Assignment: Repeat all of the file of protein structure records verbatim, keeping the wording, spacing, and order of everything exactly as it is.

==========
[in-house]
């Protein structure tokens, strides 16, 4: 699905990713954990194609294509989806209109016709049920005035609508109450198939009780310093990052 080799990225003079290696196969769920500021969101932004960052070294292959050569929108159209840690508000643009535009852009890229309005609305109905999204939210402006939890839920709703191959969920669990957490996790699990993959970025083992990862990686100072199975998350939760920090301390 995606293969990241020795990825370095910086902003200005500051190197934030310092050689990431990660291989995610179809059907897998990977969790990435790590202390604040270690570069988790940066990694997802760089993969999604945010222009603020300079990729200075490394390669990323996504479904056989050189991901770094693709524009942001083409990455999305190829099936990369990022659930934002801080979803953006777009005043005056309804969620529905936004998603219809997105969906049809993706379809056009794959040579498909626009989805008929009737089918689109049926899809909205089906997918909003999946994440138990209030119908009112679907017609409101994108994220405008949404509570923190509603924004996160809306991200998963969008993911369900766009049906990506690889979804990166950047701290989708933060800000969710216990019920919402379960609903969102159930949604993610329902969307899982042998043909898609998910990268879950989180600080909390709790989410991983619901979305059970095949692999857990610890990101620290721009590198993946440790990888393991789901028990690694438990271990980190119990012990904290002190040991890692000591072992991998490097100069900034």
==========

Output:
[in-house]
């Protein structure tokens, strides 16, 4: 699905990713954990194609294509989806209109016709049920005035609508109450198939009780310093990052 080799990225003079290696196969769920500021969101932004960052070294292959050569929108159209840690508000643009535009852009890229309005609305109905999204939210402006939890839920709703191959969920669990957490996790699990993959970025083992990862990686100072199975998350939760920090301390 995606293969990241020795990825370095910086902003200005500051190197934030310092050689990431990660291989995610179809059907897998990977969790990435790590202390604040270690570069988790940066990694997802760089993969999604945010222009603020300079990729200075490394390669990323996504479904056989050189991901770094693709524009942001083409990455999305190829099936990369990022659930934002801080979803953006777009005043005056309804969620529905936004998603219809997105969906049809993706379809056009794959040579498909626009989805008929009737089918689109049926899809909205089906997918909003999946994440138990209030119908009112679907017609409101994108994220405008949404509570923190509603924004996160809306991200998963969008993911369900766009049906990506690889979804990166950047701290989708933060800000969710216990019920919402379960609903969102159930949604993610329902969307899982042998043909898609998910990268879950989180600080909390709790989410991983619901979305059970095949692999857990610890990101620290721009590198993946440790990888393991789901028990690694438990271990980190119990012990904290002190040991890692000591072992991998490097100069900034």